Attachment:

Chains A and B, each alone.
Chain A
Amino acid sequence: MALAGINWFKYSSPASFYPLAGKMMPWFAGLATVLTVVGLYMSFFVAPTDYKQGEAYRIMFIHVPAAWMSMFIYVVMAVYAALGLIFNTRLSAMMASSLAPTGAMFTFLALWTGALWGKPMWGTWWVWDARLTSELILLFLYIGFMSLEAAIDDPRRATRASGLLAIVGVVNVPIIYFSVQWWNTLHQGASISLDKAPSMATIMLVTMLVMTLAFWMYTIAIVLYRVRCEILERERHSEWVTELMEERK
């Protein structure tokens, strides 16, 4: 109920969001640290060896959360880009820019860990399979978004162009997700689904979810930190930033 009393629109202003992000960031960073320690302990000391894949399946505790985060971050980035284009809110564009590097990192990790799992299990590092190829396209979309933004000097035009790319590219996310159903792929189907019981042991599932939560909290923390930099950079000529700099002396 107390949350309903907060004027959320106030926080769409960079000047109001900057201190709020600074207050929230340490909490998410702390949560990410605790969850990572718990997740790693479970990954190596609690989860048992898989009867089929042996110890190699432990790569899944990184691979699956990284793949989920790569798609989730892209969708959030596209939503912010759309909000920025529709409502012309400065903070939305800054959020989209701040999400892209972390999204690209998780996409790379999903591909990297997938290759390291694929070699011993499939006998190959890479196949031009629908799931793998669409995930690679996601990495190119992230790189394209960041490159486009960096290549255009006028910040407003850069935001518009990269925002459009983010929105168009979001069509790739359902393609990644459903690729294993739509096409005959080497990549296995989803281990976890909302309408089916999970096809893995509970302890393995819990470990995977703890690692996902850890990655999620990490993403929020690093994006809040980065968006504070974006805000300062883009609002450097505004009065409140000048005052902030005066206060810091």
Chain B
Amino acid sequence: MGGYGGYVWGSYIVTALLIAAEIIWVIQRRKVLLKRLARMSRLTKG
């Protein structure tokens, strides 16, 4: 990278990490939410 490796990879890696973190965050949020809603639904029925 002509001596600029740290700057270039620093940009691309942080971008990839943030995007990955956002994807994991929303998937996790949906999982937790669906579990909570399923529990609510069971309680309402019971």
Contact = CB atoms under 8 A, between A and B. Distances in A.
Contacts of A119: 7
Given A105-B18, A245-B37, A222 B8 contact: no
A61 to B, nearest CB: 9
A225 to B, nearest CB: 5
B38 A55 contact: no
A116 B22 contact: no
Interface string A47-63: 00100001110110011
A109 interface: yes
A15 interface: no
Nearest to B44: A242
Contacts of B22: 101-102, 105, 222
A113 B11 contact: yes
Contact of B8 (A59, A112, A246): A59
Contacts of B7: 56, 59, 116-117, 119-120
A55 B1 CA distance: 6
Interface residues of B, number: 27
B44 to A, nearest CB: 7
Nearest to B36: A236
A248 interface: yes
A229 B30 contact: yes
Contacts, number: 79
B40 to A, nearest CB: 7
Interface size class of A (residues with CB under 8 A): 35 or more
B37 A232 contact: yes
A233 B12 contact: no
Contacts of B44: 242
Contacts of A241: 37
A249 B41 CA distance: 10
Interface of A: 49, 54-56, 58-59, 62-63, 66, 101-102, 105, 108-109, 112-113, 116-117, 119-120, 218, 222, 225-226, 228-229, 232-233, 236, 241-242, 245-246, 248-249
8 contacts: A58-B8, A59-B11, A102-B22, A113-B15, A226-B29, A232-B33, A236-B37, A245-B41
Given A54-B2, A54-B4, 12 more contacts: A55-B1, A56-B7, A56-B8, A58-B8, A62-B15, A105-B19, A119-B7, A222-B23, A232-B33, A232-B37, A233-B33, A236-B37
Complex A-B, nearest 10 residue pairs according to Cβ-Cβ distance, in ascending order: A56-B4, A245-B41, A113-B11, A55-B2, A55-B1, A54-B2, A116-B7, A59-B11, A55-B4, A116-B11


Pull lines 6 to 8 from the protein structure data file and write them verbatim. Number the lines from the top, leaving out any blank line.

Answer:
Amino acid sequence: MGGYGGYVWGSYIVTALLIAAEIIWVIQRRKVLLKRLARMSRLTKG
């Protein structure tokens, strides 16, 4: 990278990490939410 490796990879890696973190965050949020809603639904029925 002509001596600029740290700057270039620093940009691309942080971008990839943030995007990955956002994807994991929303998937996790949906999982937790669906579990909570399923529990609510069971309680309402019971």
Contact = CB atoms under 8 A, between A and B. Distances in A.